Why are Schools Segregated? Evidence from the Secondary-School Match in Amsterdam

53 Pages Posted: 23 Jan 2019

See all articles by Hessel Oosterbeek

Hessel Oosterbeek

University of Amsterdam - Research Institute in Economics & Econometrics (RESAM); Tinbergen Institute Amsterdam (TIA); Institute for the Study of Labor (IZA)

Sándor Sóvágó

VU University Amsterdam

Bas Klaauw

VU University Amsterdam

Date Written: January 2019

Abstract

We use rich data from the secondary-school match in Amsterdam to nonparametrically decompose school segregation by ethnicity and by household income into five additive sources: i) ability tracking, ii) noise, iii) residential segregation, iv) preference heterogeneity, and v) capacity constraints. Important features of the Amsterdam school district are its diverse population, that students can freely choose any school at their ability level, that school density is high and that private schools are absent. We find that school segregation is mainly driven by ability tracking and students from different groups having different preferences. Residential segregation, capacity constraints and noise play only a minor role. Of the four policies that we analyze, affirmative action in the form of minority quotas reduces segregation the most. This comes, however, at the cost of reducing student welfare.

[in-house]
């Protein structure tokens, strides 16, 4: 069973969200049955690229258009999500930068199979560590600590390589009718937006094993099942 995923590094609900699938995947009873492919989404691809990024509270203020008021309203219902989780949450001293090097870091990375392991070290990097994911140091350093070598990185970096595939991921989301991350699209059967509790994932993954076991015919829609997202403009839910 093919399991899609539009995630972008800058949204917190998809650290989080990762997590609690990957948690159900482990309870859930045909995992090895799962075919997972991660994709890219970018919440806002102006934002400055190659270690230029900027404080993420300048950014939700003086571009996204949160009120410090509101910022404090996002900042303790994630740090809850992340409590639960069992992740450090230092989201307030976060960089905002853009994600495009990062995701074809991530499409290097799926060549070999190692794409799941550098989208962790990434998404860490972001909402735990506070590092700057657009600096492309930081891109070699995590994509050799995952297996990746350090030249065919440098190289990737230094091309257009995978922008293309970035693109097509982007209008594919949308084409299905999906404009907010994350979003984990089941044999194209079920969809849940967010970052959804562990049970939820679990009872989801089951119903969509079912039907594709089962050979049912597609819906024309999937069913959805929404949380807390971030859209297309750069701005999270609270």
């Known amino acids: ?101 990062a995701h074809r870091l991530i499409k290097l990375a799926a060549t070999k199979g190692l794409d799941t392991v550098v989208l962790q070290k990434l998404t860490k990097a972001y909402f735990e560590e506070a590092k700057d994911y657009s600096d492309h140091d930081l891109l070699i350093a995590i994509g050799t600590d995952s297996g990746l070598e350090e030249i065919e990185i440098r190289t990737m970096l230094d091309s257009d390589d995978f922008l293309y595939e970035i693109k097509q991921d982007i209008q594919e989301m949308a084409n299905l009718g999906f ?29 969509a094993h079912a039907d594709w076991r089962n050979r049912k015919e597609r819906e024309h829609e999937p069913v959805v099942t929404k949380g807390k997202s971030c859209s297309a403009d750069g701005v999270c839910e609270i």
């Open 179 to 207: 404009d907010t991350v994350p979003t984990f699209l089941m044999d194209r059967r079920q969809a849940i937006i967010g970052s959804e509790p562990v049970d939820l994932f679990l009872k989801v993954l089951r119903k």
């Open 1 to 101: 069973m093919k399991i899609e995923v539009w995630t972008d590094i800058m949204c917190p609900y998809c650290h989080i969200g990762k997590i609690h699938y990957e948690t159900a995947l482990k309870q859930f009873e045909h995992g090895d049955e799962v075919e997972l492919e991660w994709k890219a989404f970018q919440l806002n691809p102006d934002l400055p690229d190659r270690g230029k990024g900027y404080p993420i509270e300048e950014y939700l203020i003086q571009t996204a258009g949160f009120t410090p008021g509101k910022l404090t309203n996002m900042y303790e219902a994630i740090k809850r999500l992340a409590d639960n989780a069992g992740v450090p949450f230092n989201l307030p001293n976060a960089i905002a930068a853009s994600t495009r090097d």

Keywords: Ability Tracking, Policy Simulations, School Match, Segregation

JEL Classification: I21, I24, I28

Suggested Citation

Oosterbeek, Hessel and Sóvágó, Sándor and Klaauw, Bas, Why are Schools Segregated? Evidence from the Secondary-School Match in Amsterdam (January 2019). CEPR Discussion Paper No. DP13462, Available at SSRN: https://ssrn.com/abstract=3319783

Hessel Oosterbeek (Contact Author)

University of Amsterdam - Research Institute in Economics & Econometrics (RESAM) ( email )

Roetersstraat 11
Amsterdam
Netherlands
+31 20 525 4242 (Phone)
+31 20 525 5283 (Fax)

HOME PAGE: http://www.fee.uva.nl/scholar/oosterbeek/

Tinbergen Institute Amsterdam (TIA)

Burg. Oudlaan 50
Rotterdam, 3062 PA
Netherlands

Institute for the Study of Labor (IZA)

P.O. Box 7240
Bonn, D-53072
Germany

Sándor Sóvágó

VU University Amsterdam ( email )

De Boelelaan 1105
Amsterdam, ND North Holland 1081 HV
Netherlands

Bas Klaauw

VU University Amsterdam ( email )

De Boelelaan 1105
Amsterdam, ND North Holland 1081 HV
Netherlands

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